Location

New York, New York

Session Start Date

4-13-2004

Session End Date

4-17-2004

Abstract

Tapered driven piles have been the deep foundation of choice ever since construction of and at the well-known John F. Kennedy International Airport (JFKIA) in New York City began in the late 1940s. Timber piles were used primarily for many decades but various brands of closed-end steel pipe piles have become preferred in recent years as engineers have sought ever-increasing allowable axial-compressive loads per pile. With currently available pile types it is now possible to routinely install tapered piles that have an allowable axial-compressive service-load capacity per pile in excess of 400 kips (1780 kN), with net ultimate axial-compressive geotechnical capacities of the order of 1000 kips (4450 kN). Fortunately, the use and load testing of piles at JFKIA has been relatively well documented. This extensive history and record of tapered-pile usage in one geologic setting provides an unusual opportunity to evaluate a new (in 2002) method for estimating the axial-compressive geotechnical capacity of tapered piles. The results of this evaluation are summarized in this paper and indicate very good agreement between measured and calculated capacities.

Department(s)

Civil, Architectural and Environmental Engineering

Appears In

International Conference on Case Histories in Geotechnical Engineering

Meeting Name

Fifth Conference

Publisher

University of Missouri--Rolla

Publication Date

4-13-2004

Document Version

Final Version

Rights

© 2004 University of Missouri--Rolla, All rights reserved.

Document Type

Article - Conference proceedings

File Type

text

Language

English

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Apr 13th, 12:00 AM Apr 17th, 12:00 AM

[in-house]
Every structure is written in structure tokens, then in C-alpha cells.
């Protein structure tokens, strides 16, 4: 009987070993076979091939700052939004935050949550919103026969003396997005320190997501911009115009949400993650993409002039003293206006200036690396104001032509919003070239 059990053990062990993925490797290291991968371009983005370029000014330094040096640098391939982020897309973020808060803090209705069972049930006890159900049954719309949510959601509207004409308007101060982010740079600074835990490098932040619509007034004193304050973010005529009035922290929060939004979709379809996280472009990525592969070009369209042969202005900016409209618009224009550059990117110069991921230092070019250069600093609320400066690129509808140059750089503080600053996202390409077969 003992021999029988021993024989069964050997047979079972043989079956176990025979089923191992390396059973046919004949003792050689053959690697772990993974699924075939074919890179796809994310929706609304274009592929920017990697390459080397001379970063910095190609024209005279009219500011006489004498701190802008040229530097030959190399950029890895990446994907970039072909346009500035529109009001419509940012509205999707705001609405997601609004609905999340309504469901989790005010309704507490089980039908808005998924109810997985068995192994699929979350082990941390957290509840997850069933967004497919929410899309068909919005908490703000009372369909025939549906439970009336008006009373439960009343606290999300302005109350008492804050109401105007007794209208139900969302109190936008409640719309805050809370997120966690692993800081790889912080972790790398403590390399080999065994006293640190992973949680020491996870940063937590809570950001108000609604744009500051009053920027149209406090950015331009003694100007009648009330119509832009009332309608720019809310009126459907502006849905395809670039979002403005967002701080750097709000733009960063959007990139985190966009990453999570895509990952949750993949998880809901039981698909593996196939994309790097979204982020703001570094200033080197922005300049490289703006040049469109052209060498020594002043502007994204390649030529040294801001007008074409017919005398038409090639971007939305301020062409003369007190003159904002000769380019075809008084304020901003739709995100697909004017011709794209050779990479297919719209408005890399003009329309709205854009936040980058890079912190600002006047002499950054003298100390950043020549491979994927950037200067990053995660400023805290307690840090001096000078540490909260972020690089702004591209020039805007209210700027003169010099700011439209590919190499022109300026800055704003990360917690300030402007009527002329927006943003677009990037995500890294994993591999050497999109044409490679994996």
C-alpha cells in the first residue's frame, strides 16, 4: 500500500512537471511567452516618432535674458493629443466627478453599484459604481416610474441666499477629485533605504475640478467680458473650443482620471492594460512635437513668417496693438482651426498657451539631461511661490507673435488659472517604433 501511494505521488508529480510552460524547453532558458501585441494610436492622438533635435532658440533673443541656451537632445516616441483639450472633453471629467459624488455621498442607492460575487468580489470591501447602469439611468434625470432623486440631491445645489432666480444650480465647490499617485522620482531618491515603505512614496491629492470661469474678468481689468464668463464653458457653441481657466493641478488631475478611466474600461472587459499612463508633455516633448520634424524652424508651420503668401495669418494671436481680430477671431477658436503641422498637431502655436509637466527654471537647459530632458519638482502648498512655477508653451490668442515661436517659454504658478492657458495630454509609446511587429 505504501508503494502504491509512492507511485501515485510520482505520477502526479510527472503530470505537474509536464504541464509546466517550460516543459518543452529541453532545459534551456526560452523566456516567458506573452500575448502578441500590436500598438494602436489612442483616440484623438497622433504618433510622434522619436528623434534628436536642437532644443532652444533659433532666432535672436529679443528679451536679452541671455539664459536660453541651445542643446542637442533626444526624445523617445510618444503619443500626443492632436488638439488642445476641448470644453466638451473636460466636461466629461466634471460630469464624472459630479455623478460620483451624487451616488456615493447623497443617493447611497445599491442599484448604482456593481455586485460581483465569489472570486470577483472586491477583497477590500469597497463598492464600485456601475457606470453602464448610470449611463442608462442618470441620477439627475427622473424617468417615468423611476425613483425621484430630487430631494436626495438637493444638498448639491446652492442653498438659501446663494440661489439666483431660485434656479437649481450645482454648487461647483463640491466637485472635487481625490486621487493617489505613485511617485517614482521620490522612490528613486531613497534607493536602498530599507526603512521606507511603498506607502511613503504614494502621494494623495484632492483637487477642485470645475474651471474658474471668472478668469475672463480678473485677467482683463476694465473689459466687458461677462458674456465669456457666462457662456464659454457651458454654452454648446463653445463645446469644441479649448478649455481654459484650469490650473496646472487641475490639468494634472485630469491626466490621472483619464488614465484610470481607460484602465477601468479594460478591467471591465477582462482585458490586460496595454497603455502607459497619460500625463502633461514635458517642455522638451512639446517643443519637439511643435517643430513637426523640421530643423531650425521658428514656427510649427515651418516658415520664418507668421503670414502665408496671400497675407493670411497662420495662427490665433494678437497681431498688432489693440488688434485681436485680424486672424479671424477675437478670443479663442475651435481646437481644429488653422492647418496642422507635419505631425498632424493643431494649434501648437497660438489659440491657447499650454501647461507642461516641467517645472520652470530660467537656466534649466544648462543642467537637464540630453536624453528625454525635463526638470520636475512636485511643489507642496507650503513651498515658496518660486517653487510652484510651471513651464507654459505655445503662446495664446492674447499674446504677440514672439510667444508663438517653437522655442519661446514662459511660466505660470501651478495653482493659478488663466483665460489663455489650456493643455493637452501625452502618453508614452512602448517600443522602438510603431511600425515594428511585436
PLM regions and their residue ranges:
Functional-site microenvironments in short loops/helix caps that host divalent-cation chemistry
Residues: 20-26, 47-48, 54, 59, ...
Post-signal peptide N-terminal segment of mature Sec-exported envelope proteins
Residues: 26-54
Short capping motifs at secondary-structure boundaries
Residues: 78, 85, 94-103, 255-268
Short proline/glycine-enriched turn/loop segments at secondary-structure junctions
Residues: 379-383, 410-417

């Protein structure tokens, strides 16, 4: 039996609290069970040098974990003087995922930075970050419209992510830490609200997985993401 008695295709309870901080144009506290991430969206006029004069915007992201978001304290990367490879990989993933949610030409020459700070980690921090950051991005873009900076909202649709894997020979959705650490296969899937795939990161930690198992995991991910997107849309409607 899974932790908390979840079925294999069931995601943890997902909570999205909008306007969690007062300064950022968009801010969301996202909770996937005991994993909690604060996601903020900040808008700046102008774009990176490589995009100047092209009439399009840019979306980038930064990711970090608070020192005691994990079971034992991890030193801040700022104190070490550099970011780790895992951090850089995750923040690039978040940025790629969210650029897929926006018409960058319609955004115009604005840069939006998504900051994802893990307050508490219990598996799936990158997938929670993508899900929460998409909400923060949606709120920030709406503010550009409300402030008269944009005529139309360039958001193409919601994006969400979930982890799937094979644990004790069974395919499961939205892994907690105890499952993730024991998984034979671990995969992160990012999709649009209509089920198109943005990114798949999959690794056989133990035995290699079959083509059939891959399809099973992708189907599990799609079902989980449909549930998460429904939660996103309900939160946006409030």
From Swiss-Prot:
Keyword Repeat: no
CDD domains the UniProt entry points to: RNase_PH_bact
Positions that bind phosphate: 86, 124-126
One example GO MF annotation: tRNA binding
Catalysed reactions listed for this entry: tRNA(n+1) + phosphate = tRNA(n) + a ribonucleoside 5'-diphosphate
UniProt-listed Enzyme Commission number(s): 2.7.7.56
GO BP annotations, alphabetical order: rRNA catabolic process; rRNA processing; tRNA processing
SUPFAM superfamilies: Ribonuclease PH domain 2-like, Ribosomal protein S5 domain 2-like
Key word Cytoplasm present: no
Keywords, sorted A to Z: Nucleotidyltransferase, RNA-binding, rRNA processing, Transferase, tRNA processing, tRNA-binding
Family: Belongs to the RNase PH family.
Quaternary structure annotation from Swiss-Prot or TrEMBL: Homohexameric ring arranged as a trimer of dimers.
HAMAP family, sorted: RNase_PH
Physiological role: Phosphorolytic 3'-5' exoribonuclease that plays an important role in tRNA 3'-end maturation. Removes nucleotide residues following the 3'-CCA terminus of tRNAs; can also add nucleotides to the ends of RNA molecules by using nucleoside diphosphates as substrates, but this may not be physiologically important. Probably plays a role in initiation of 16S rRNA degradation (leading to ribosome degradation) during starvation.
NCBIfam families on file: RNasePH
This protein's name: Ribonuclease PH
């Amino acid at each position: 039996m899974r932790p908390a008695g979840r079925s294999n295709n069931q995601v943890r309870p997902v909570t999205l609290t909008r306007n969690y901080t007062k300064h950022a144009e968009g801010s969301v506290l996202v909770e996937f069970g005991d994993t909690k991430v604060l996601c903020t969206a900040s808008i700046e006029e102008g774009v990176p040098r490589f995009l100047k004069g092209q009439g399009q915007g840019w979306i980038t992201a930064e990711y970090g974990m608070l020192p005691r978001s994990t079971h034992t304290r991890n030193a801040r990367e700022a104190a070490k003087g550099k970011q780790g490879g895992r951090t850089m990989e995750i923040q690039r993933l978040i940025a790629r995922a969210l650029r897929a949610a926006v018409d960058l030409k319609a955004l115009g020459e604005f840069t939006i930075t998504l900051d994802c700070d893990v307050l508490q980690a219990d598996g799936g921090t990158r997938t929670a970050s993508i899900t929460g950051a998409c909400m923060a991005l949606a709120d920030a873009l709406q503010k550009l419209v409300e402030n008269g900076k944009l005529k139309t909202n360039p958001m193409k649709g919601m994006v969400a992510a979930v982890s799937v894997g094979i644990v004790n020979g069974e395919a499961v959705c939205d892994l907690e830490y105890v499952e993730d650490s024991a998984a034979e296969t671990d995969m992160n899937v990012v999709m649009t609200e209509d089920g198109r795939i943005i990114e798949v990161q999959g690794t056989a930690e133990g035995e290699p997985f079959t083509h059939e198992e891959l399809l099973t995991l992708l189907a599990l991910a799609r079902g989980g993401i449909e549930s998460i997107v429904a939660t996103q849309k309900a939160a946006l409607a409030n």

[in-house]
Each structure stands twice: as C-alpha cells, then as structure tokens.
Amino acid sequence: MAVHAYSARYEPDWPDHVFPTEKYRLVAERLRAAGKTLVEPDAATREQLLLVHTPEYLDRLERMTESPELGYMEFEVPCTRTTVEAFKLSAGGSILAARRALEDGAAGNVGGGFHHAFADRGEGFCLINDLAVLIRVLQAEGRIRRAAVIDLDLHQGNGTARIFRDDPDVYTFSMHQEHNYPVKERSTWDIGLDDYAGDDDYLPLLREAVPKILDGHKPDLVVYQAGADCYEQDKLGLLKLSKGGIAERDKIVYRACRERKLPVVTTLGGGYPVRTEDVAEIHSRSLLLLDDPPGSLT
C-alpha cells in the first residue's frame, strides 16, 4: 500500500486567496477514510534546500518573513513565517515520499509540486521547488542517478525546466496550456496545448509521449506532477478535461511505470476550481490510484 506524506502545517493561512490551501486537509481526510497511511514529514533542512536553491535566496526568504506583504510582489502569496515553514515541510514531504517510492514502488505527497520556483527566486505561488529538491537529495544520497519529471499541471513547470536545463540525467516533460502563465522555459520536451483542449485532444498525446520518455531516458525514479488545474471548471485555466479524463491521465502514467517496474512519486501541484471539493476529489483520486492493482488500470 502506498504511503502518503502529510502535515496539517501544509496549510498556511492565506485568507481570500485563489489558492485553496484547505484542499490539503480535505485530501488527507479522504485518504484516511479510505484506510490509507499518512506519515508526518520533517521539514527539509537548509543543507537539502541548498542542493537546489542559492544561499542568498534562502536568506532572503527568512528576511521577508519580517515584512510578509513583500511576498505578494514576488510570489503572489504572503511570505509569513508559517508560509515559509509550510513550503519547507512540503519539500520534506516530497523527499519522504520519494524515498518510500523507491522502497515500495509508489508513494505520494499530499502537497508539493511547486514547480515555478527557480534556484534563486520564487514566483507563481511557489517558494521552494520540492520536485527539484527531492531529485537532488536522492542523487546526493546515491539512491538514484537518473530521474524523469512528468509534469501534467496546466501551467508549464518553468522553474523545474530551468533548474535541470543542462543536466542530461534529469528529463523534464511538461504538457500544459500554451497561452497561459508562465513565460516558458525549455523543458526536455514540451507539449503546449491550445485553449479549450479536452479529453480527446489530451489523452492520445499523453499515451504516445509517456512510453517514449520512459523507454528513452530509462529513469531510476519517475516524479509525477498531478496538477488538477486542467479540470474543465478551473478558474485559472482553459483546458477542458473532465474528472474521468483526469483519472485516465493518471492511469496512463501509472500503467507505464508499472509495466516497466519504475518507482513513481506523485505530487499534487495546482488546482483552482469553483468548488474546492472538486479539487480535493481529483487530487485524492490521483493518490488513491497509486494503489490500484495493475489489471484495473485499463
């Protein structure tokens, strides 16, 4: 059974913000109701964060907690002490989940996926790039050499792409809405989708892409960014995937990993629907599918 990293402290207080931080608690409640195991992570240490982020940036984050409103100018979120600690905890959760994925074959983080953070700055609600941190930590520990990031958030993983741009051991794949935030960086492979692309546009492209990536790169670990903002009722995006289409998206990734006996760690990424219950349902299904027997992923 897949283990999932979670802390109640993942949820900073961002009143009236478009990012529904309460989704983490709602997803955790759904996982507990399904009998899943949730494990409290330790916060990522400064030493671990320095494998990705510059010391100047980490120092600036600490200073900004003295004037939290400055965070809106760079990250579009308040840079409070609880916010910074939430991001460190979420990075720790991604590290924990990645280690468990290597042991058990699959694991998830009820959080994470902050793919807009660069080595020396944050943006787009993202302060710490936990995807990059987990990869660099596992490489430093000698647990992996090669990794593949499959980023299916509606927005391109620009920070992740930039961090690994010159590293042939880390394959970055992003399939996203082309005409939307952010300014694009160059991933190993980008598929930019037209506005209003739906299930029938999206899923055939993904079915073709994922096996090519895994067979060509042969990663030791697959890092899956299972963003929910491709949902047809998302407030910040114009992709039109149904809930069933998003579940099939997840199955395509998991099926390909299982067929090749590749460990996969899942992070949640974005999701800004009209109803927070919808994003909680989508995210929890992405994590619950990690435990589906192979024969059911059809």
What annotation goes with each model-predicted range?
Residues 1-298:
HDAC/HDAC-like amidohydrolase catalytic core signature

A Half Century of Tapered-Pile Usage at the John F. Kennedy International Airport

New York, New York

Tapered driven piles have been the deep foundation of choice ever since construction of and at the well-known John F. Kennedy International Airport (JFKIA) in New York City began in the late 1940s. Timber piles were used primarily for many decades but various brands of closed-end steel pipe piles have become preferred in recent years as engineers have sought ever-increasing allowable axial-compressive loads per pile. With currently available pile types it is now possible to routinely install tapered piles that have an allowable axial-compressive service-load capacity per pile in excess of 400 kips (1780 kN), with net ultimate axial-compressive geotechnical capacities of the order of 1000 kips (4450 kN). Fortunately, the use and load testing of piles at JFKIA has been relatively well documented. This extensive history and record of tapered-pile usage in one geologic setting provides an unusual opportunity to evaluate a new (in 2002) method for estimating the axial-compressive geotechnical capacity of tapered piles. The results of this evaluation are summarized in this paper and indicate very good agreement between measured and calculated capacities.